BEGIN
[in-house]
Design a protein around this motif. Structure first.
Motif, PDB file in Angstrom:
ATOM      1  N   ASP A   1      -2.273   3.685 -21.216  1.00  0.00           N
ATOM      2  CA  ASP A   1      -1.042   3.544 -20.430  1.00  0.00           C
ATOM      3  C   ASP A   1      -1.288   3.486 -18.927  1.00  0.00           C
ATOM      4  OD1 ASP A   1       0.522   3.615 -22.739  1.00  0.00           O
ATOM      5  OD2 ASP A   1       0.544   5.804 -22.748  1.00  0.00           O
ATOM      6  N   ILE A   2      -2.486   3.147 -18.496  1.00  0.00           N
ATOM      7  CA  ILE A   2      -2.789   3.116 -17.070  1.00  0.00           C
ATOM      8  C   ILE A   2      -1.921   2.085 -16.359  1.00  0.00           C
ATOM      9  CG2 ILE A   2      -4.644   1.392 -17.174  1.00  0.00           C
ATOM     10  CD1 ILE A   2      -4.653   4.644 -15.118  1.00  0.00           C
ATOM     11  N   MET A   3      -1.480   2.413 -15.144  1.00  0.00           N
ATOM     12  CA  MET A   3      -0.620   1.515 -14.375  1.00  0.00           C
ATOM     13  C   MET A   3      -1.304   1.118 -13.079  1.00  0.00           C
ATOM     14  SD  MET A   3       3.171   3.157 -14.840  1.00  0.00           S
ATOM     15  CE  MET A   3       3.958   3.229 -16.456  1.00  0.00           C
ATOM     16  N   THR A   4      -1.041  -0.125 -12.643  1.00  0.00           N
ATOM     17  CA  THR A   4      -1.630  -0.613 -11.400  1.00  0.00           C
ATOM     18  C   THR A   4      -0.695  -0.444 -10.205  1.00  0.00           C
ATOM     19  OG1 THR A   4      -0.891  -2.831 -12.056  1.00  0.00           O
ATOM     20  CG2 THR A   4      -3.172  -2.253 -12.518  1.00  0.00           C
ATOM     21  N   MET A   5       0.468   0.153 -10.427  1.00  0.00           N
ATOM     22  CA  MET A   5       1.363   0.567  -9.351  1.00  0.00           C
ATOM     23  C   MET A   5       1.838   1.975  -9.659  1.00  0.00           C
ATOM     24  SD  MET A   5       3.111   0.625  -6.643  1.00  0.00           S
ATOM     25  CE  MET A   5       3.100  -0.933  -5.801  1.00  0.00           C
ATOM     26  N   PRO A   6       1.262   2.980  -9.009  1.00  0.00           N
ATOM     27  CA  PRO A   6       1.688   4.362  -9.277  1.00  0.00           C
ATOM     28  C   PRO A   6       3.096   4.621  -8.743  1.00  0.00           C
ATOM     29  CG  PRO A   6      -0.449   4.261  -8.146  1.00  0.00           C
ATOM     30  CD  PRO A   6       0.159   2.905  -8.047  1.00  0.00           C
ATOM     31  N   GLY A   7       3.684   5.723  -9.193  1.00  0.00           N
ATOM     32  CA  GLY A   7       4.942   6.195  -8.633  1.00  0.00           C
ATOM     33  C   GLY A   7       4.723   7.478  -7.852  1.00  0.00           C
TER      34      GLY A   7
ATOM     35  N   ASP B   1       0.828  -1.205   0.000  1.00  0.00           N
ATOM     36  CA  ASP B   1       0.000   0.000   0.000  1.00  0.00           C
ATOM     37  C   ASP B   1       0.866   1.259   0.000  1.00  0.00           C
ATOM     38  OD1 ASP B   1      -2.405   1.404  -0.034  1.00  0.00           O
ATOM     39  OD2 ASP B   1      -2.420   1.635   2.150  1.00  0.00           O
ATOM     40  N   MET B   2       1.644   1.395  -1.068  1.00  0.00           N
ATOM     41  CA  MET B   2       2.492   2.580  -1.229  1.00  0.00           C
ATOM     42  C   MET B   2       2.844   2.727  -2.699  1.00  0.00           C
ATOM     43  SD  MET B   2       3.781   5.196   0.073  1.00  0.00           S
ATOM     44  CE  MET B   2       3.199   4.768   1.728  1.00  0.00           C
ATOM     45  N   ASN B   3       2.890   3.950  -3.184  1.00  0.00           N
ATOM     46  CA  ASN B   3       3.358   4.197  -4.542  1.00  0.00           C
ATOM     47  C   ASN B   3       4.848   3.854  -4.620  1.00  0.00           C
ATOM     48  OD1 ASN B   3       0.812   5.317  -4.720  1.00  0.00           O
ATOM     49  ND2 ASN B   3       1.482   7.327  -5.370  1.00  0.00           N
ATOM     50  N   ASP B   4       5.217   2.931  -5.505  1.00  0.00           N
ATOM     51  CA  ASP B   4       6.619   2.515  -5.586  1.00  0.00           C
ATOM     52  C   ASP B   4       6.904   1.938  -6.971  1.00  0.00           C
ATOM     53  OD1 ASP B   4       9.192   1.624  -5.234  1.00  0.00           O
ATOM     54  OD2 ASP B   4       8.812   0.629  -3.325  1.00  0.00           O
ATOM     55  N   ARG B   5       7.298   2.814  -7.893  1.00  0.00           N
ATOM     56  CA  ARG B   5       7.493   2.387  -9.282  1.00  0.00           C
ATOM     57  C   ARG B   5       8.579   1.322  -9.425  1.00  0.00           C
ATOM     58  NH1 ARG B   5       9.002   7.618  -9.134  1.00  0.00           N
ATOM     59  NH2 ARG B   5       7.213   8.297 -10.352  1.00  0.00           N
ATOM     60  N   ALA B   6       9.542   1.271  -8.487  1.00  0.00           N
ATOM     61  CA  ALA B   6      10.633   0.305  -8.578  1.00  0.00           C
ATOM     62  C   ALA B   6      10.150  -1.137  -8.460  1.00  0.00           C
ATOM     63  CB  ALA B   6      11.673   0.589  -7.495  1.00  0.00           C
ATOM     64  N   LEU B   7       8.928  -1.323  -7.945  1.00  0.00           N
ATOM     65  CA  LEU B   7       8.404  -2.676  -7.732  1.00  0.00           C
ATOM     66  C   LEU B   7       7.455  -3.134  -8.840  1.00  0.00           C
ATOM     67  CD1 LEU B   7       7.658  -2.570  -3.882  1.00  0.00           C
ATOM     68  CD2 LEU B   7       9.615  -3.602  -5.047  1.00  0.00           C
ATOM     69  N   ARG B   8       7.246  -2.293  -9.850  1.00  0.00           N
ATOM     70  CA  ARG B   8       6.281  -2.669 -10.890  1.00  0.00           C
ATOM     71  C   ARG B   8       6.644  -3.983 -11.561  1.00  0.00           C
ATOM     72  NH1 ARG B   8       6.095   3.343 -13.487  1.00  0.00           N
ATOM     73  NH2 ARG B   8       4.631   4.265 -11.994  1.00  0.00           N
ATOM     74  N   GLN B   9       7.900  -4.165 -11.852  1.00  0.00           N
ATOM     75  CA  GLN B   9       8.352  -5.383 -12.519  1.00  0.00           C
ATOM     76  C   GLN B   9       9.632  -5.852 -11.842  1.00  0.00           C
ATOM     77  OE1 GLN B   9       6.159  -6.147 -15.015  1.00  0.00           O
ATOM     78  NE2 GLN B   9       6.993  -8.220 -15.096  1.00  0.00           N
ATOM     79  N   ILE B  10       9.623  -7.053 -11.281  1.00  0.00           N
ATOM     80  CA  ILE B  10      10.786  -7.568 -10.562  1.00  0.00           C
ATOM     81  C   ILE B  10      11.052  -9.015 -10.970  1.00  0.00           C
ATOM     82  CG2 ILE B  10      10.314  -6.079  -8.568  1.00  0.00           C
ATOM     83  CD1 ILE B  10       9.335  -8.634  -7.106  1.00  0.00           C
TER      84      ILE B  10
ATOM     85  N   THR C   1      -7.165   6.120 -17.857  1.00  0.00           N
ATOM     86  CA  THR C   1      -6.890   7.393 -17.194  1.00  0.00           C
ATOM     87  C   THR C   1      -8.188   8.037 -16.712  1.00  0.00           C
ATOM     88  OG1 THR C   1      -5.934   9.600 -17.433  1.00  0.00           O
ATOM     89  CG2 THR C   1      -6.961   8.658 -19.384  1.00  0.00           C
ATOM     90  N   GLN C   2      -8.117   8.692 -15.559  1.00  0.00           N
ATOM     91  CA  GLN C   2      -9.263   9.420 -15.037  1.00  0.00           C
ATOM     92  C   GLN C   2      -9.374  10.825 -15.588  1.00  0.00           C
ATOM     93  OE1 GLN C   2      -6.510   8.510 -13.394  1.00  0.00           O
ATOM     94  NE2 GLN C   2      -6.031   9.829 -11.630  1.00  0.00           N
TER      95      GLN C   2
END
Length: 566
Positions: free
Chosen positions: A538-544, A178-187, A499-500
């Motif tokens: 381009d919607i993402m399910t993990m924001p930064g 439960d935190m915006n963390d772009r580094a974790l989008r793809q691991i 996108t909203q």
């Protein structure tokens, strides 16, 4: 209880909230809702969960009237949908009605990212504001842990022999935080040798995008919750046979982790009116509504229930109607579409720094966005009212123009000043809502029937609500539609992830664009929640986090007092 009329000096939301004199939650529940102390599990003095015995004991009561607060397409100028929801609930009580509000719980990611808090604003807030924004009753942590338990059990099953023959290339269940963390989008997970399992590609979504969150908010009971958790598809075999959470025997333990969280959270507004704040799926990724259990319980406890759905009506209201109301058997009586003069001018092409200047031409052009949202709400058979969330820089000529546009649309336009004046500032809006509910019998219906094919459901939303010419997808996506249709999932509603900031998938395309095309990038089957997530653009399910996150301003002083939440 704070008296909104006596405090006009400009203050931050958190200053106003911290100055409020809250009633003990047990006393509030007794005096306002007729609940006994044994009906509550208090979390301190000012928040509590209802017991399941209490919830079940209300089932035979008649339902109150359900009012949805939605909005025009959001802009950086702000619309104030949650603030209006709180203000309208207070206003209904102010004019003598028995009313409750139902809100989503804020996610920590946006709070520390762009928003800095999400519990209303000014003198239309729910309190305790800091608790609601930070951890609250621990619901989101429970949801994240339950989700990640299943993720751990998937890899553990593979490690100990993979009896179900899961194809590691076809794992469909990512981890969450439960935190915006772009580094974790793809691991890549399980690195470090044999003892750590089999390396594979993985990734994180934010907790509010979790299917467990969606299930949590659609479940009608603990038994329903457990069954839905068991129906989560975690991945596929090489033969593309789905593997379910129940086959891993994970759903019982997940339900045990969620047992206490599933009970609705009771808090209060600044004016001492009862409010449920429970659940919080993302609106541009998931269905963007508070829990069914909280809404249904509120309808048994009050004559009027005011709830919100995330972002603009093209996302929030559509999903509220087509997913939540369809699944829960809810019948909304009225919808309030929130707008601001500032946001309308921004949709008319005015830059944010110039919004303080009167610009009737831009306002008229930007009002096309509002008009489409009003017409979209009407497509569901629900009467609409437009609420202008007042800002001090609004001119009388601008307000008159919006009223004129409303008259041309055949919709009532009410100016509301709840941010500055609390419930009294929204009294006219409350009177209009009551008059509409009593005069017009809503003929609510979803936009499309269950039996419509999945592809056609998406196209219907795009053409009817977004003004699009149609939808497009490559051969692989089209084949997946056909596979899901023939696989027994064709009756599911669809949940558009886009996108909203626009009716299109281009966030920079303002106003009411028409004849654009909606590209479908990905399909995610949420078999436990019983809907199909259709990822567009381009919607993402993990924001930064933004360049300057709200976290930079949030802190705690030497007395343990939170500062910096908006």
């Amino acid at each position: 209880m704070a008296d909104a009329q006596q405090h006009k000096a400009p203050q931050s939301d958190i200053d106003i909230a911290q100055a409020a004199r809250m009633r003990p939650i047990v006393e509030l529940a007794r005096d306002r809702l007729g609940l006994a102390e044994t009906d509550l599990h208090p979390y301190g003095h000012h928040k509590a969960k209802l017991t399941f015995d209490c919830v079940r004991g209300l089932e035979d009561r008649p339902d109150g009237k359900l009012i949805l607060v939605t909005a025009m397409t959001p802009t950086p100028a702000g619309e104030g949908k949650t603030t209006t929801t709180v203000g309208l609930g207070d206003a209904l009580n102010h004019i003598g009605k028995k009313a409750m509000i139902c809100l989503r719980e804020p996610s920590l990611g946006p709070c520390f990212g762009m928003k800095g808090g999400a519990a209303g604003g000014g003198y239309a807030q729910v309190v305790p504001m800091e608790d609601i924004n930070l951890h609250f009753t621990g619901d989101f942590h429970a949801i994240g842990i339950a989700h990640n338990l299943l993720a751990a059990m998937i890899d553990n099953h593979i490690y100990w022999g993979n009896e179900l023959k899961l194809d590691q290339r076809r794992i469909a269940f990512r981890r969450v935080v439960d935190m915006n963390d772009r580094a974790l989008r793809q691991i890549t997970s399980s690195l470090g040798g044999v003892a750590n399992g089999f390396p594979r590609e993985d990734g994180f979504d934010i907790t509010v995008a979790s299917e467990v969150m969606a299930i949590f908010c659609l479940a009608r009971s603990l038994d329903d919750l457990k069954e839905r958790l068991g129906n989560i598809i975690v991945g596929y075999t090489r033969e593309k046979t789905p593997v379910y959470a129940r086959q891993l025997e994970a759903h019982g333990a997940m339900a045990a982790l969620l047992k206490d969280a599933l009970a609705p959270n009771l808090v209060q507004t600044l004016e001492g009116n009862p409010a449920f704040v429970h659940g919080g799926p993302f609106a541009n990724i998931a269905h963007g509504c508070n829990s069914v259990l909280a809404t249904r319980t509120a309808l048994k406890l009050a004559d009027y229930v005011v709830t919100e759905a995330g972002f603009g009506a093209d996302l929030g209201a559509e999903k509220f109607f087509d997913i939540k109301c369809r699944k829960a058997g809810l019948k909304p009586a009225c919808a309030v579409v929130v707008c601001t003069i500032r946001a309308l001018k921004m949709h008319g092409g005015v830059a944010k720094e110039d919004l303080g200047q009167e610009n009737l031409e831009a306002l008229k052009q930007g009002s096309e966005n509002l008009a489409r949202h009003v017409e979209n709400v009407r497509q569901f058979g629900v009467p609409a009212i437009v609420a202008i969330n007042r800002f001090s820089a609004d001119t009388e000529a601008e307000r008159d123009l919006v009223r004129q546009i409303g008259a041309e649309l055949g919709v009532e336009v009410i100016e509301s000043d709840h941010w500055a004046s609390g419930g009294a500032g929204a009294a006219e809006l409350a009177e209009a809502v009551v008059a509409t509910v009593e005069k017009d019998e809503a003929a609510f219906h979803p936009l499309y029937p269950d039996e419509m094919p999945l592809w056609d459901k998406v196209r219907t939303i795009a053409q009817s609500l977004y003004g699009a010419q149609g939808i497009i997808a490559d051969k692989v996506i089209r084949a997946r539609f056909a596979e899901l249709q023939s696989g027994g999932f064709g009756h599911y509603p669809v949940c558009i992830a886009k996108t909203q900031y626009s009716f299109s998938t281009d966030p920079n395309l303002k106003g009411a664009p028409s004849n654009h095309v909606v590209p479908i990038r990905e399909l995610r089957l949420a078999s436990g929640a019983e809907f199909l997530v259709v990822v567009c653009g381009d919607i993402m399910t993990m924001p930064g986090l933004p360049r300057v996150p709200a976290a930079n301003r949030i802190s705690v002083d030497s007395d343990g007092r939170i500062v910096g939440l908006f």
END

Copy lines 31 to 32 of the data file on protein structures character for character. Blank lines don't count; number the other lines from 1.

ATOM     28  C   PRO A   6       3.096   4.621  -8.743  1.00  0.00           C
ATOM     29  CG  PRO A   6      -0.449   4.261  -8.146  1.00  0.00           C